Tab Hunter, 50s heartthrob and gay icon, dies at the age of 86
Tab Hunter's partner, Allan Glaser, revealed that the cause of his death was a blood clot that led to cardiac arrest
Tab Hunter, Hollywood's heartthrob from the 1950s, is no more. The "Battle Cry" actor died on Sunday at Cottage Hospital in Santa Barbara, California. Allan Glaser, who had been his partner for 35 years, confirmed the news of his passing to CNN. Hunter was 86; Glaser said that the cause of his death was a blood clot that led to cardiac arrest. Hunter had always sparked speculation among his peers in Hollywood over his sexuality and only confirmed it in 2005 in his autobiography "Tab Hunter Confidential: The Making of a Movie Star."
It was his blond hair, blue eyes and an ever charming smile that made him so popular among the fans - especially with performances in "Damn Yankees."
"We were walking home and he collapsed in my arms in our front yard," Glaser shared with CNN. "He said he couldn't breathe, so I called 911, and we went to the hospital." He also added: "This was sudden and unexpected. He was athletic, more like a 60-year-old, not an 86-year-old."
Hunter was born Arthur Andrew Kelm in New York City and then raised in California. After his parents split, a young Hunter, his mother and his brother, all started using her maiden name "Gelien." Hunter was just 15 when he ran off to join the Coast Guard, from where he was eventually dismissed for having lied about his age.
RIP Tab Hunter (86)— Tony De Jonker (@TonyDeJonker) July 9, 2018
While working at horse stables near Los Angeles, he was finally spotted by Dick Clayton, who had then encouraged him to consider acting seriously and had set him up with agent Henry Wilson. Wilson then gave him the stage name 'Tab Hunter' and soon he signed with Warner Bros.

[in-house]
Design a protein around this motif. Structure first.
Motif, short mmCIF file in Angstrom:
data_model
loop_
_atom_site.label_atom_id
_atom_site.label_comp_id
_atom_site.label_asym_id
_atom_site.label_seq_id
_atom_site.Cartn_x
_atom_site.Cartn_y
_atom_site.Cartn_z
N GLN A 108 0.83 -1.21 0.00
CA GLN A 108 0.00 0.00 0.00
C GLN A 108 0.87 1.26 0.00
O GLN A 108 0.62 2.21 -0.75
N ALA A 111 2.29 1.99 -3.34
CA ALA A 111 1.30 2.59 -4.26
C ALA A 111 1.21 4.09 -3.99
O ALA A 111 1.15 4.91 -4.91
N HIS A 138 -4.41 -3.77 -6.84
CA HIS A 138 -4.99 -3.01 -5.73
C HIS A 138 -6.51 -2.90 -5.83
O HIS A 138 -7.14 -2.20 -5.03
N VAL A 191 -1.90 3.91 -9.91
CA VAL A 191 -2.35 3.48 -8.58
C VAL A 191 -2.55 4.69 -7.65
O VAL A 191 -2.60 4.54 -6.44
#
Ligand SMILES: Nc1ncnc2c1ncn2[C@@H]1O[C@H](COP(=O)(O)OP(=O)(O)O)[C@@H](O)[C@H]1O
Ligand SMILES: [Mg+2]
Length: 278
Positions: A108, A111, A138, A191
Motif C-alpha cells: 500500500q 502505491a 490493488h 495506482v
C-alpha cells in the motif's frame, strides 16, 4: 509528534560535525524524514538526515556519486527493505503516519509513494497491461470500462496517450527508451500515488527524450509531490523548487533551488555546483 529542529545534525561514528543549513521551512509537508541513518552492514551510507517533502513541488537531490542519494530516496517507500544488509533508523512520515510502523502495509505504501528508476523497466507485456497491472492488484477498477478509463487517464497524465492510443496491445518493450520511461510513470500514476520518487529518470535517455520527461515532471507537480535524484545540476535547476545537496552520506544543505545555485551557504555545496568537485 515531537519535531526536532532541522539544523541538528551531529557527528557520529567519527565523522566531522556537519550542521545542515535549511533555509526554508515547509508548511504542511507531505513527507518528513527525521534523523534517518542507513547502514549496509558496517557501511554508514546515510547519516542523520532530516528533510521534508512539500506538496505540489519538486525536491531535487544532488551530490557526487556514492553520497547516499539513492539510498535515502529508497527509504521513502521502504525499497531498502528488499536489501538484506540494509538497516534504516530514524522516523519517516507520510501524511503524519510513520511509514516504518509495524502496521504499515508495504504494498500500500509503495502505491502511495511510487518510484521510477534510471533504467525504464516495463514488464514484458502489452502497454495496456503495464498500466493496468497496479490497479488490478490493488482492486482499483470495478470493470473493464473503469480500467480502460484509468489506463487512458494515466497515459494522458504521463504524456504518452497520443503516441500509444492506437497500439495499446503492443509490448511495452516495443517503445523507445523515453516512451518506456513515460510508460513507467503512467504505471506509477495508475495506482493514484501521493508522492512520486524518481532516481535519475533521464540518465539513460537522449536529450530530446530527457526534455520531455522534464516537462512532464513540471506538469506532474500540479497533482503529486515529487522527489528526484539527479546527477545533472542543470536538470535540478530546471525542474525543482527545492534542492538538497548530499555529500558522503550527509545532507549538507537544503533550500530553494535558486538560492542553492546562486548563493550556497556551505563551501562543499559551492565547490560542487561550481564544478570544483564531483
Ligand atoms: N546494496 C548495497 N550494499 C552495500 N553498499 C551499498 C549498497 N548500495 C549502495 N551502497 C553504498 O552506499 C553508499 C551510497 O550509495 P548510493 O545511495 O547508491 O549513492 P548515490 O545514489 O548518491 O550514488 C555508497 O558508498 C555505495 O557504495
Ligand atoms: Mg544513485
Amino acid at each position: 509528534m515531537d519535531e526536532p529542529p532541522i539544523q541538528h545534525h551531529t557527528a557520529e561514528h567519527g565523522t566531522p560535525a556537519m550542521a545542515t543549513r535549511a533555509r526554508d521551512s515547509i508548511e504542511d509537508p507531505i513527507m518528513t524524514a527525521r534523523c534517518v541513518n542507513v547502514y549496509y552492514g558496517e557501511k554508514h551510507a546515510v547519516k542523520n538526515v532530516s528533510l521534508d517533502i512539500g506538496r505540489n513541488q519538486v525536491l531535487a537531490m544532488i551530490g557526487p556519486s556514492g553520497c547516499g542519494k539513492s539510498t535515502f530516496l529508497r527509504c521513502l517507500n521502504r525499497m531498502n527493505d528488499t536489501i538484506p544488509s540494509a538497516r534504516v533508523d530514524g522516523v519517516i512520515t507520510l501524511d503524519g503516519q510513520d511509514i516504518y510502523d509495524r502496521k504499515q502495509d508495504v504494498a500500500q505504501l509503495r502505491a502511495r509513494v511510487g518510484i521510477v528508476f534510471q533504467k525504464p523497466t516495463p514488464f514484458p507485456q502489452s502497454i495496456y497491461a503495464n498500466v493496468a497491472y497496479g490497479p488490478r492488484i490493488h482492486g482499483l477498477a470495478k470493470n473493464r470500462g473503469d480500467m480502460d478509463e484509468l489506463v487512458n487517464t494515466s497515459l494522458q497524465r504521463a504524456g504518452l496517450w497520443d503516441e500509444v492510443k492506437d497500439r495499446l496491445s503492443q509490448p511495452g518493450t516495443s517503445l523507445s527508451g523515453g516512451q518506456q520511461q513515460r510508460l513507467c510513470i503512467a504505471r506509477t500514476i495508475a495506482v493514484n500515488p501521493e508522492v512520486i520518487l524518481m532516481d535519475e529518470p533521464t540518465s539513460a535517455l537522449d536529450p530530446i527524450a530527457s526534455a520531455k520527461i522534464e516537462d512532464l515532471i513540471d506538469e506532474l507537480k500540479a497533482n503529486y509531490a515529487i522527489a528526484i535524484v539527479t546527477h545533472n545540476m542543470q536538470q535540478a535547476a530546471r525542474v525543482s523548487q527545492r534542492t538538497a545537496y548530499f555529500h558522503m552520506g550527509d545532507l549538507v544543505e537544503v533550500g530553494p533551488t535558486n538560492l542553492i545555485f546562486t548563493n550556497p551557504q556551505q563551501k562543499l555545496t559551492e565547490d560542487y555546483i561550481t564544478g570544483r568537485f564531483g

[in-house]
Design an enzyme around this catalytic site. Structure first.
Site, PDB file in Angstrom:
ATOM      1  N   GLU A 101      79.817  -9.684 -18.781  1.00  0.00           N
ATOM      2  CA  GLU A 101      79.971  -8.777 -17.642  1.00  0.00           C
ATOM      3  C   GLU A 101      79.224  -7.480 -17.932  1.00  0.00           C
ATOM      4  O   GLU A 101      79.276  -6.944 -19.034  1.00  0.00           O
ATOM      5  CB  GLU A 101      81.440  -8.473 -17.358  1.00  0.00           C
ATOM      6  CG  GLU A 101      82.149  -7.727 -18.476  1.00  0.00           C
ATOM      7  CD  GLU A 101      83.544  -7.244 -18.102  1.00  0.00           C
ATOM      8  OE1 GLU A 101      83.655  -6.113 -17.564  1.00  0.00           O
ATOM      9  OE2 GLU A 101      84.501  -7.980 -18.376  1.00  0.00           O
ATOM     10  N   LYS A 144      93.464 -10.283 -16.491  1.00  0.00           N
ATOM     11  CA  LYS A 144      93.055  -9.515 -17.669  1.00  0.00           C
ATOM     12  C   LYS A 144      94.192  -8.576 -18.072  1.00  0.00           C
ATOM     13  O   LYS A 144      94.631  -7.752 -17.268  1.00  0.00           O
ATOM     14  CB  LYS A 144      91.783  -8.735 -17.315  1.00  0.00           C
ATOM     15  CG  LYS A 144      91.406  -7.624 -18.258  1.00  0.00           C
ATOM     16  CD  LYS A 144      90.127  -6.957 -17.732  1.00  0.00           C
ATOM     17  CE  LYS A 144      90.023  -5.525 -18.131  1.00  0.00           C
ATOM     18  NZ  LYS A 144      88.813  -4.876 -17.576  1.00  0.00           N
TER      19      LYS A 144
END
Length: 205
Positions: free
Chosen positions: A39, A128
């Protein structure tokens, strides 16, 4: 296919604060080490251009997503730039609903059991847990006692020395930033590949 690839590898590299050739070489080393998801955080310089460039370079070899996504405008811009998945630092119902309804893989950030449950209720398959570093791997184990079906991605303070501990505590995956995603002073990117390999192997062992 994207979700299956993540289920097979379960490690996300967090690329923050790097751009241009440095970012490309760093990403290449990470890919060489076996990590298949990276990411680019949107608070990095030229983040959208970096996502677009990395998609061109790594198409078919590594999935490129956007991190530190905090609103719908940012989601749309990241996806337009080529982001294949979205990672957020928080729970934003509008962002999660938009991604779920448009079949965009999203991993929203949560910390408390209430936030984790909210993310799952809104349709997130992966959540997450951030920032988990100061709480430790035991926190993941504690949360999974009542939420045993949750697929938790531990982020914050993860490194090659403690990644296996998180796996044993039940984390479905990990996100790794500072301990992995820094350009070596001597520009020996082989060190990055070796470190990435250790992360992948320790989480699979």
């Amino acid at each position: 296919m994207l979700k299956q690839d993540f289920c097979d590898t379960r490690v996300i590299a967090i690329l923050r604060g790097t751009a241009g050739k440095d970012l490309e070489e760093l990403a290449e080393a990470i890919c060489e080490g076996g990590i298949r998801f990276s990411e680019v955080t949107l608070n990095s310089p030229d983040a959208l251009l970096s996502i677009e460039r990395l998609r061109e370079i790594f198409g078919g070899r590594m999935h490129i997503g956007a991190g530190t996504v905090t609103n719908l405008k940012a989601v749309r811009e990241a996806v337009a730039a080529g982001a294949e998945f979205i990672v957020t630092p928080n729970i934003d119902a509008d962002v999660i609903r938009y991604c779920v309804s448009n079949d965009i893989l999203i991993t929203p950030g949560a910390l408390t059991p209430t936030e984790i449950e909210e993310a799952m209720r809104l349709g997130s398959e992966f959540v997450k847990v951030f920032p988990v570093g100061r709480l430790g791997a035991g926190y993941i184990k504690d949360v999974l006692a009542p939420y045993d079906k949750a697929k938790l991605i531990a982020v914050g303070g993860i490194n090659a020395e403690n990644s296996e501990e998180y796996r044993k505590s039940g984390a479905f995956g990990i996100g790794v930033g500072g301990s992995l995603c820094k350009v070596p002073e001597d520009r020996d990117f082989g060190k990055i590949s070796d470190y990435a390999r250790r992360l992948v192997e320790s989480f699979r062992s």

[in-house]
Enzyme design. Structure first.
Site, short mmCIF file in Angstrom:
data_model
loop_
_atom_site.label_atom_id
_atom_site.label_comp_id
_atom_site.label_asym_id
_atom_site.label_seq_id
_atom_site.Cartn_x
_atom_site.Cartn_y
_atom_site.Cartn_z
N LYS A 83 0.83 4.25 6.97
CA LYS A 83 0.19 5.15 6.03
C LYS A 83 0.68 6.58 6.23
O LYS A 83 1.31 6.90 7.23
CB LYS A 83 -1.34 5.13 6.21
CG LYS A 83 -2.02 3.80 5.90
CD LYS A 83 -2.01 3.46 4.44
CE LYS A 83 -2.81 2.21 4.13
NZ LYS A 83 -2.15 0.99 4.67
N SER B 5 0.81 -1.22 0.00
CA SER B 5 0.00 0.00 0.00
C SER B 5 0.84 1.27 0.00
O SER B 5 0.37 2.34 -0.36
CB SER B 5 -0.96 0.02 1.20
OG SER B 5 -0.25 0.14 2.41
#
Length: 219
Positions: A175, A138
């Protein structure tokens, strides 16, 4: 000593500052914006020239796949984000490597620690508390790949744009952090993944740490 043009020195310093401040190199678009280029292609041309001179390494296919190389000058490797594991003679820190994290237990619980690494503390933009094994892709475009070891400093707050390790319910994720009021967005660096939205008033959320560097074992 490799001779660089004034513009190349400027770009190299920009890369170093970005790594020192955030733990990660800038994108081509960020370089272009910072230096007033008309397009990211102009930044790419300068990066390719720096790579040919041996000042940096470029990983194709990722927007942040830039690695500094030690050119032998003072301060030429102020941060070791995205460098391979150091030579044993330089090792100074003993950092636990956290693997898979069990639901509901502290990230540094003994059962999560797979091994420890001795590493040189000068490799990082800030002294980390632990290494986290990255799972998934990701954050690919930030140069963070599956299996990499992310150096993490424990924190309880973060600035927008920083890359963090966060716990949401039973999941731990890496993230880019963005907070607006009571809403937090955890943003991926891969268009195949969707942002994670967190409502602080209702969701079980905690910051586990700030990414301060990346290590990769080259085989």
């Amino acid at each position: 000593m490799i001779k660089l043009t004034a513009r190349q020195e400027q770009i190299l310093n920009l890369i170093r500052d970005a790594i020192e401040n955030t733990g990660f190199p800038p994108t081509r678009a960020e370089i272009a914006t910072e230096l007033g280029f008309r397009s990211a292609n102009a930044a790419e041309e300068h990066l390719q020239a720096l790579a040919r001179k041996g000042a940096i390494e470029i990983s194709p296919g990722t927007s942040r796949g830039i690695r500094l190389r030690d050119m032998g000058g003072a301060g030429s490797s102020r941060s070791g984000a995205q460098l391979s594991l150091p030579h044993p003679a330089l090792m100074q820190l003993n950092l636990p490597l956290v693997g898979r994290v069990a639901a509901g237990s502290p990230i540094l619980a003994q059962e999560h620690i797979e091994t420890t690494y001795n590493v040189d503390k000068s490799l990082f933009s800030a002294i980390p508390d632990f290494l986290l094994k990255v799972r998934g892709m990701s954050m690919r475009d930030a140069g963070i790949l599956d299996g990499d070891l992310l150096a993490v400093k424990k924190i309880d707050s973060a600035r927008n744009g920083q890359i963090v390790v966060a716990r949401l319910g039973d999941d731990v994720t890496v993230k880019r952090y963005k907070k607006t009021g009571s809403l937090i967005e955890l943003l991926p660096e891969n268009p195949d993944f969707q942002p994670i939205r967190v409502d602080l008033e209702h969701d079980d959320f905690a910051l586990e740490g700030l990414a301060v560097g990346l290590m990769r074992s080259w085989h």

His small role in the movie 'Lawless' which happened in 1950, wasn't effective as his only line in the entire movie was cut out. Finally, in 1955, he played a World War II soldier in 'Battle Cry,' which had turned him into a star and then followed his more popular roles in movies like 'The Burning' and 'The Girl He Left Behind.'
Hunter's career in music was also a hit one, and his single 'Young Love' reached iconic levels of success in 1957.
The very next year arrived his role in the musical 'Damn Yankees!' - something that boosted his career further. But in 1960, he sifted his focus to television, having even paid to get out of his contract with Warner Bros. His career in TV started with the sitcom 'The Tab Hunter Show,' which lasted a season, and paved the way for several other shows during the 1970s, including 'Hawaii Five-O,' 'The Love Boat,' and 'The Six Million Dollar Man.'
We lost a true gay icon today, Tab Hunter. If you don’t know who he is or how he lived his life I highly encourage you to watch #TabHunterConfidential on Netflix. A gay man who lived a hidden life in Hollywood and experienced so much heartbreak.#TabHunter #AnthonyPerkins pic.twitter.com/Hx26Mrqg5F— Anthony Mendoza Jr. (@TonyGreetsWorld) July 9, 2018
Much later in his career, in 2015, Hunter finally opened up about how he had been keeping his sexuality a secret while being hailed a sex symbol. "I never mentioned my sexuality to Warner Bros. at all and they never mentioned it to me, thank God," Hunter told The Hollywood Reporter.
Back at his career's prime, 'Confidential' magazine had even published a story about him attending a "pajama party," just to out him. But soon after that arrived his autobiography where he himself came clean and confessed having a relationship with 'Psycho' actor, Anthony Perkins; a movie on their secret love affair is now being produced by JJ Abrams and Zachary Quinto.
The 2015 documentary 'Tab Hunter: Confidential' - where he had collaborated with Glaser - revolves around his career and closeted Hollywood life. "I just have never been comfortable talking about my sexuality," Hunter had told Slant magazine then. "I think it was easier with the movie because it was quite a few years later after the book. But it's still not my comfort zone. I was just brought up that way. I'm very old-fashioned."